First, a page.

The Head’s Tale – Making Learning Meaningful

Learning is all about making connections. As I like to remind people, the why is equally—if not more—important to the what and the how of what we teach or expect students to learn.  When learning something new, it is crucial our students understand the relevance and the connection to their daily lives and to their future.  Without that connection, learning lacks meaning, and without meaning, students often struggle to find the motivation and the energy needed for the hard work of mastering content or skills.

As we continue to implement the redesigned curriculum and its focus on big ideas and core competencies, deep learning (depth) rather than surface learning (breadth), becomes the goal we are trying to achieve at St. Margaret’s.  We want our girls to make “text to self” connections, (personalizing the learning), to focus on “content to content” connections, (interdisciplinary thinking), and, finally, to focus on “text to world” connections (transferring theory to practice and real-life application). The challenge for us is to determine how we assess deep learning and how we help our students and their families fully embrace the importance of a learning mindset.  In this context, the ability to ask questions, research effectively, and develop “learning how to learn” skills become the focus of our assessment practices.  

There are three areas of competencies that we are trying to instill in our girls:

1. Cognitive: reasoning, problem-solving, critical thinking, being creative, and having the capacity to transfer meaning from one context and apply it to another—being an innovative learner.

2. Intrapersonal: developing self-management, persistence, and self-directed skills—becoming an independent life-long learner.

3. Interpersonal: expressing ideas, communicating, and collaborating with others—participating as an engaged and active learner.

These competencies lead to success not only during our education, but also in our careers and as we take care of our health. At SMS, we go beyond asking girls to acquire information and build up their knowledge base before applying it to the real world.  We encourage our students to try to make sense of new ideas, to expand their thinking pathways, and to be co-creators of new knowledge. Ultimately, we want to help our girls develop as individuals capable of finding solutions to challenging human issues, while also solving complex global problems. That can only happen if they find meaning in what they are learning and can develop personal understanding or connections to the concepts presented.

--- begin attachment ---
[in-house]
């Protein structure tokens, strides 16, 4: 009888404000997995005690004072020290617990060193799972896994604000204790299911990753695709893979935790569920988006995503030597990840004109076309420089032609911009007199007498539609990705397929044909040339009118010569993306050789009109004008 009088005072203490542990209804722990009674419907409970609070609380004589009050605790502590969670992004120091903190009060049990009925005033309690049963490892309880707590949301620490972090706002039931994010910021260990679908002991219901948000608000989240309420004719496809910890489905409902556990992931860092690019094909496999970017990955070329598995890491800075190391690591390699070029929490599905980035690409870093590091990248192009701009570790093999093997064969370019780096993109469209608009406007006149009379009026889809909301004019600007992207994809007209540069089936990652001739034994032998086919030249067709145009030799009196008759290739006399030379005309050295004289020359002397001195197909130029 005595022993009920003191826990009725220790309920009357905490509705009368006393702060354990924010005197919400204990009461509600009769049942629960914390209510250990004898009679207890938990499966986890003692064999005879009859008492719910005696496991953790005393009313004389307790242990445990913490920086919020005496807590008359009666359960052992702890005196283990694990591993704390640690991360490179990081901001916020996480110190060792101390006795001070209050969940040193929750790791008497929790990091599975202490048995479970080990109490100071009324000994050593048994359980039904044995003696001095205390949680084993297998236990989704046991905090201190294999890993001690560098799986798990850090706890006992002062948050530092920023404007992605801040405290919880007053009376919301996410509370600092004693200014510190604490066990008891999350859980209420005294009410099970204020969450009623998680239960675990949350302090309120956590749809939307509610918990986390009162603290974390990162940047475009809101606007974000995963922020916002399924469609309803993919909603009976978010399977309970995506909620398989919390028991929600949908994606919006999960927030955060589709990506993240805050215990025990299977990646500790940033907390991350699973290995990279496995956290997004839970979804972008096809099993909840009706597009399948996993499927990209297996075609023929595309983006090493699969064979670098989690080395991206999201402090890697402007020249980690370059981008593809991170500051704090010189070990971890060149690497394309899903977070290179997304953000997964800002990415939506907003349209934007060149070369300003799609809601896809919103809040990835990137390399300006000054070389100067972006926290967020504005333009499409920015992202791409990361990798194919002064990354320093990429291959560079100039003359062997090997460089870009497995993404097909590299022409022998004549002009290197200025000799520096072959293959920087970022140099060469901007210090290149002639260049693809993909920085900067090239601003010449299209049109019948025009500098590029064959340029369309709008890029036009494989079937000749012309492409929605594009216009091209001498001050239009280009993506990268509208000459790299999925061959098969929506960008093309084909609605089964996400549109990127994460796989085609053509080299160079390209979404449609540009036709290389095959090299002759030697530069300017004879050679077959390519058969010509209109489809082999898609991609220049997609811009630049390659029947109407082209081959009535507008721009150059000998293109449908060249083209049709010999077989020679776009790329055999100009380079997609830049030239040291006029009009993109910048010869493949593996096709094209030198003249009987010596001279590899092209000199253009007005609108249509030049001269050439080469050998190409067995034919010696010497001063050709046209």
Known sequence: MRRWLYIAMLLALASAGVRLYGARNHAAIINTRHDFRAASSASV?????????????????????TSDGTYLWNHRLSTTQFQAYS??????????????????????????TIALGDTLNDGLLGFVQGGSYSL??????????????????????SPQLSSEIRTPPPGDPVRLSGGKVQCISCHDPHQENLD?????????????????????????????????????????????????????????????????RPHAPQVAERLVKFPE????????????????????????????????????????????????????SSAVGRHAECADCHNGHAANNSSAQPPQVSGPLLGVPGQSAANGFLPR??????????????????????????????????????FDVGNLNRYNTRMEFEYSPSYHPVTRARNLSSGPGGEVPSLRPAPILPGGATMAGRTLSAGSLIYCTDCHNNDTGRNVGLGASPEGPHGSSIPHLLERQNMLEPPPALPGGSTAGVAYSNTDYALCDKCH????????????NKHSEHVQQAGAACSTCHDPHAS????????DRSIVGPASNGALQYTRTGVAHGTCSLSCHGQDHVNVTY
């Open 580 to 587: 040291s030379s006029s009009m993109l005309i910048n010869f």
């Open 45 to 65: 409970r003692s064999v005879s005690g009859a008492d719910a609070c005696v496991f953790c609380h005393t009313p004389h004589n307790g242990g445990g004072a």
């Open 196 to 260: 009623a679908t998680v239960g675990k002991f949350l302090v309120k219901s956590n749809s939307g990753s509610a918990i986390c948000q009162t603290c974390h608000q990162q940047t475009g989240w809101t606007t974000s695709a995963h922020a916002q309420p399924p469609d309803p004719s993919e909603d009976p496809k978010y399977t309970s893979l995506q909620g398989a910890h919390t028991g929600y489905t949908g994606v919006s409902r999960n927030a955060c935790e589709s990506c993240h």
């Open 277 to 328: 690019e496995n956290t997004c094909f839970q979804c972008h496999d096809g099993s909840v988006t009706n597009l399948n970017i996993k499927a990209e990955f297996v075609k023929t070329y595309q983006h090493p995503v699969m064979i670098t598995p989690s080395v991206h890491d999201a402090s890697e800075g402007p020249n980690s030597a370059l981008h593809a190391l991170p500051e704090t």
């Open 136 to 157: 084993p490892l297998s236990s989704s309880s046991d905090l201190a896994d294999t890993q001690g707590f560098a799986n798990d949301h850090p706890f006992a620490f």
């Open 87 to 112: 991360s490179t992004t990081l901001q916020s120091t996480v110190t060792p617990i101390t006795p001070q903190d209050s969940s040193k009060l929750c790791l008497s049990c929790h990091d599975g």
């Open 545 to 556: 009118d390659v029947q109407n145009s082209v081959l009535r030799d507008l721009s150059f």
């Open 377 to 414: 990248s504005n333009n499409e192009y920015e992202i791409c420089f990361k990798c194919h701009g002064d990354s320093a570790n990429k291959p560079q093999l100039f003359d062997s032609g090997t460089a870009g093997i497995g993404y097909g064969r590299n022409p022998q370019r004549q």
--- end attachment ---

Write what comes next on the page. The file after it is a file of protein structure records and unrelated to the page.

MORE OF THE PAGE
At SMS, we spend less time on girls retrieving information and more on helping them connect and apply what they have learned—hence the focus on inquiry based and experiential learning. While we use technology to personalize learning, we also leverage the power of the internet to help seek out a diversity of knowledge sources and perspectives.  We are creating a more thoughtful, deeper curriculum, which will also allow us to explore new ways of learning, assessing, and celebrating diversity in the way we demonstrate that learning. Education is changing, but SMS is definitely up to the challenge!

“As students cross the threshold from outsider to insider, they also cross the threshold from superficial learning motivated by grades to deep learning motivated by engagement with questions.  Their transformation entails an awakening, even, perhaps, a falling in love.”

                                                                                    John C. Bean

“The modern global economy doesn’t pay you for what you know, because the Internet knows everything.  The world economy only pays you for what you can do with what you know.”

                                                                                    Andreas Schleicher

 

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